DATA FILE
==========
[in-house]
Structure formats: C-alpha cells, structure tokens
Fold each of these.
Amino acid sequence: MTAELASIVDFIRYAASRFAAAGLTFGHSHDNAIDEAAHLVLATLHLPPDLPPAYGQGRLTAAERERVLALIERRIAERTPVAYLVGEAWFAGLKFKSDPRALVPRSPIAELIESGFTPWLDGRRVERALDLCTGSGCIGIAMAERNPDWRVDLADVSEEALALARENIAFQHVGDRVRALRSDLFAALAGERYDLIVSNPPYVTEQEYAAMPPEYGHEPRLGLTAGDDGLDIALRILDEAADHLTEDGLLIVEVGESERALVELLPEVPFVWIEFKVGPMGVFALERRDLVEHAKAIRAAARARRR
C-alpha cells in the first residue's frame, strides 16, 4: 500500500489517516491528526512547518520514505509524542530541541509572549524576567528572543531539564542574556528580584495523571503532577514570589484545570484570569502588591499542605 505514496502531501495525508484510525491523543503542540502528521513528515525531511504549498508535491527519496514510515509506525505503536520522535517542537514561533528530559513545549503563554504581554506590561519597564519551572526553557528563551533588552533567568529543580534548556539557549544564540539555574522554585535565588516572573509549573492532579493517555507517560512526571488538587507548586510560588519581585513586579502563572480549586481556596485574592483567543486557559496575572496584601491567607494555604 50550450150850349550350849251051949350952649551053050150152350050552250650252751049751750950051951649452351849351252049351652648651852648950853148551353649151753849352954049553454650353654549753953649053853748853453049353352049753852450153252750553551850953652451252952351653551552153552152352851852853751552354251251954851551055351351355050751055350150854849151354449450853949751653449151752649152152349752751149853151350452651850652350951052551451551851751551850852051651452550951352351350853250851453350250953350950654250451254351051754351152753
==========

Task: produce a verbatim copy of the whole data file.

[in-house]
Structure formats: C-alpha cells, structure tokens
Fold each of these.
Amino acid sequence: MTAELASIVDFIRYAASRFAAAGLTFGHSHDNAIDEAAHLVLATLHLPPDLPPAYGQGRLTAAERERVLALIERRIAERTPVAYLVGEAWFAGLKFKSDPRALVPRSPIAELIESGFTPWLDGRRVERALDLCTGSGCIGIAMAERNPDWRVDLADVSEEALALARENIAFQHVGDRVRALRSDLFAALAGERYDLIVSNPPYVTEQEYAAMPPEYGHEPRLGLTAGDDGLDIALRILDEAADHLTEDGLLIVEVGESERALVELLPEVPFVWIEFKVGPMGVFALERRDLVEHAKAIRAAARARRR
C-alpha cells in the first residue's frame, strides 16, 4: 500500500489517516491528526512547518520514505509524542530541541509572549524576567528572543531539564542574556528580584495523571503532577514570589484545570484570569502588591499542605 505514496502531501495525508484510525491523543503542540502528521513528515525531511504549498508535491527519496514510515509506525505503536520522535517542537514561533528530559513545549503563554504581554506590561519597564519551572526553557528563551533588552533567568529543580534548556539557549544564540539555574522554585535565588516572573509549573492532579493517555507517560512526571488538587507548586510560588519581585513586579502563572480549586481556596485574592483567543486557559496575572496584601491567607494555604 50550450150850349550350849251051949350952649551053050150152350050552250650252751049751750950051951649452351849351252049351652648651852648950853148551353649151753849352954049553454650353654549753953649053853748853453049353352049753852450153252750553551850953652451252952351653551552153552152352851852853751552354251251954851551055351351355050751055350150854849151354449450853949751653449151752649152152349752751149853151350452651850652350951052551451551851751551850852051651452550951352351350853250851453350250953350950654250451254351051754351152753